Nov 18, 2014 2:53 PM
Walker waiting for calling as he mulls 2016 run
The Associated Press
MADISON, Wis. (AP) Wisconsin Gov. Scott Walker said Tuesday he is seriously considering whether to get into the race for president in 2016, but he hasn't decided yet whether he feels the call to run.
"My personal process is I have to feel like it's a calling, particularly for the time and the effort and the impact it has on family and friends," Walker told AP in a telephone interview from Boca Raton, Florida, where he is attending the Republican Governors Association meeting this week. "It's not something you should yearn for..."
Walker, who won re-election to a second term in November after becoming the nation's first governor to defeat a recall in 2012, said it was "pretty obvious" that running for president is something he should consider.
Walker has taken several steps to keep his name in the mix as a potential GOP contender. Walker published a book in 2013 about his effort taking on public unions that spurred his recall election, he's traveled to Iowa and New Hampshire, and has courted large conservative donors, including casino magnate Sheldon Adelson.
Elected governor three times in four years, Walker commands unusually strong loyalty among conservatives in Wisconsin. Exit polls after his re-election two weeks ago showed he won the votes of 96 percent of Republicans. That kind of support from the party's far-right activists, extended nationally, could fuel Walker's viability in a wide-open fight for the GOP presidential nomination.
But for now Walker said he's focused on passing his second-term agenda and a state budget, a process that likely will consume most of the first six months of 2015.
"I have to continue to make sure that the state's performing at the best possible level to even be considered as a candidate," Walker said.
The 47-year-old son of a preacher, who has been in elected office since he was 25, said his priorities in the coming months are establishing his cabinet leaders and staff, setting his legislative agenda, and introducing a two-year state budget in either late January or February.
The state legislature typically passes the budget in late June, but Walker has said he wants to be more aggressive this year and possibly get it done earlier. The time it takes to pass the budget is a factor in his timing for deciding on whether to run for president, Walker said.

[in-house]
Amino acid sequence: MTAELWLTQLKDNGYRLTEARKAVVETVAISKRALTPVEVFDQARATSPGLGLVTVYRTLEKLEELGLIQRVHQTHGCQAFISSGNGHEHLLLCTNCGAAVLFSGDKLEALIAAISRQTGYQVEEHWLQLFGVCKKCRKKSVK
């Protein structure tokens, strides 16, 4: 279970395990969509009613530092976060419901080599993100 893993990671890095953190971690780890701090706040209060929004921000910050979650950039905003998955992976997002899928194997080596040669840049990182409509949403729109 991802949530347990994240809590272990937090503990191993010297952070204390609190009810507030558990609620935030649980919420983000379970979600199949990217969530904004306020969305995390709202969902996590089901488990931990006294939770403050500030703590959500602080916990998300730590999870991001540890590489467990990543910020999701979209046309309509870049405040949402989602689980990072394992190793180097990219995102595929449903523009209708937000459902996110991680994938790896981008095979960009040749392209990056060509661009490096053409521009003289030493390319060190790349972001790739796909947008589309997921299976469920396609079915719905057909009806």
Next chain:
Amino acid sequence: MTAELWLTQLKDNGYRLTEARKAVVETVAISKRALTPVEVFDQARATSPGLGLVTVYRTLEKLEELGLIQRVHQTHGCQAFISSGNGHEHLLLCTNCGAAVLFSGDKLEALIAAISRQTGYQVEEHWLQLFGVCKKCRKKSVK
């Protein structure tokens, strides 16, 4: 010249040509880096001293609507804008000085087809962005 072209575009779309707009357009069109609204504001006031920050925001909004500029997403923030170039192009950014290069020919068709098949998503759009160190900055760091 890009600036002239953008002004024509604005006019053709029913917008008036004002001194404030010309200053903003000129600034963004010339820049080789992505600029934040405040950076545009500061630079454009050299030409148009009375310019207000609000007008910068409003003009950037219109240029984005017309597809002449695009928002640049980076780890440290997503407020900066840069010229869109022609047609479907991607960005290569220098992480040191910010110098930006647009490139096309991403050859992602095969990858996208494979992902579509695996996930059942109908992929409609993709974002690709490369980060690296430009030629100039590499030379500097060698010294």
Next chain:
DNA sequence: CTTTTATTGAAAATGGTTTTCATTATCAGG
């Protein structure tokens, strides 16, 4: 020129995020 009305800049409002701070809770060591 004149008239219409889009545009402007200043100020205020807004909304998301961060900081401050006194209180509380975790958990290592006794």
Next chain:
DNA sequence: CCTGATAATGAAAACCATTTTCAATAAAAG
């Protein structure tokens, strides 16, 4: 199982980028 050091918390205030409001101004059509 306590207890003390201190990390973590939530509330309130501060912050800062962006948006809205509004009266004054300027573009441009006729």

"You've got to look at what are my important responsibilities because unlike someone in any other position, unlike someone in the Congress or the Senate or any other elected position or former elected position out there, my leadership in the state is both a strength and potentially a liability," Walker said. "If I continue to do good things, people will continue to talk about me for other offices. If somehow things aren't working for the state of Wisconsin that diminishes my ability to consider anything else."
One potential distraction that Walker is taking off the table is running to succeed New Jersey Gov. Chris Christie, a potential 2016 rival, as chairman of the RGA. Walker said he's not interested in the post because he couldn't be fully committed to it as he considers a 2016 run.
Walker said he's waiting to see if he feels the same pull into the 2016 presidential field that inspired him to run for governor and re-election.
"I spend a lot of time not just talking with people but praying about, thinking about with my family as well whether or not eventually that might be a call to run for the presidency," he said. "I think you shouldn't run unless you feel you're called to do it."